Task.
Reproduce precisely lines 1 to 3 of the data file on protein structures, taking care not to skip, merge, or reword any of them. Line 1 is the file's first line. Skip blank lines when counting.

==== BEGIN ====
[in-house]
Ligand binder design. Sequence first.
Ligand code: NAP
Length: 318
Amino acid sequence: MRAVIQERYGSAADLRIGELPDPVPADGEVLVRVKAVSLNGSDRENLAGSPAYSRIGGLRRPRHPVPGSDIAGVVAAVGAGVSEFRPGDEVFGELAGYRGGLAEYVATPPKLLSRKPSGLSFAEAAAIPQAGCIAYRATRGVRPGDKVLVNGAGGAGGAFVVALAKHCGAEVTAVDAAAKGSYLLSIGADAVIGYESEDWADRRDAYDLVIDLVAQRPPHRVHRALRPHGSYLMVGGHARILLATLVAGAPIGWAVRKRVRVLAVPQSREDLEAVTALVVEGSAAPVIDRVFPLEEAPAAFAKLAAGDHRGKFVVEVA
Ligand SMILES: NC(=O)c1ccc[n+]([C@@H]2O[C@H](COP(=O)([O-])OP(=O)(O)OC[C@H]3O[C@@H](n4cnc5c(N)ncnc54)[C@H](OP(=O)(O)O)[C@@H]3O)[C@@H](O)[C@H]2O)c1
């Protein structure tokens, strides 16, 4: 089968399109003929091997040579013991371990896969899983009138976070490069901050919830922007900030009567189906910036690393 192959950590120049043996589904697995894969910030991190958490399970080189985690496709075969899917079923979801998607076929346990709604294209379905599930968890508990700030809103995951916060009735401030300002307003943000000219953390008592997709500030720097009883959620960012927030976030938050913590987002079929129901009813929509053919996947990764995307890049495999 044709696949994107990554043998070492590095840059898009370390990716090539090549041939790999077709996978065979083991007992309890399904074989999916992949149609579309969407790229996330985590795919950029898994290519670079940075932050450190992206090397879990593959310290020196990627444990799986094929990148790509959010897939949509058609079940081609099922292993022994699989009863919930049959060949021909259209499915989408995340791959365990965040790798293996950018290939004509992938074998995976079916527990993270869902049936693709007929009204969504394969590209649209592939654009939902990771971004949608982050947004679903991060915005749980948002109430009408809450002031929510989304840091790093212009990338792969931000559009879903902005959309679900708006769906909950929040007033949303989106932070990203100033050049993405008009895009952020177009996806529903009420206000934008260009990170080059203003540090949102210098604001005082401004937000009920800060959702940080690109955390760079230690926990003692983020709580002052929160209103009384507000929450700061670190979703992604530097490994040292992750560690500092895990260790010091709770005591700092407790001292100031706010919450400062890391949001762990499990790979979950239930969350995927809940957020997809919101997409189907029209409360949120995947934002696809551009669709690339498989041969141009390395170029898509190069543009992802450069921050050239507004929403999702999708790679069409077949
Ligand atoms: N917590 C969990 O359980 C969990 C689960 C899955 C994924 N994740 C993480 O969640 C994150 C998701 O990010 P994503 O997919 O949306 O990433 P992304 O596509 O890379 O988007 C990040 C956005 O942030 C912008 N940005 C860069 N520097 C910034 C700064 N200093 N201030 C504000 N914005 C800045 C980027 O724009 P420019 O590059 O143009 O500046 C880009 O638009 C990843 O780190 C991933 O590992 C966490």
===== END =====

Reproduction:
[in-house]
Ligand binder design. Sequence first.
Ligand code: NAP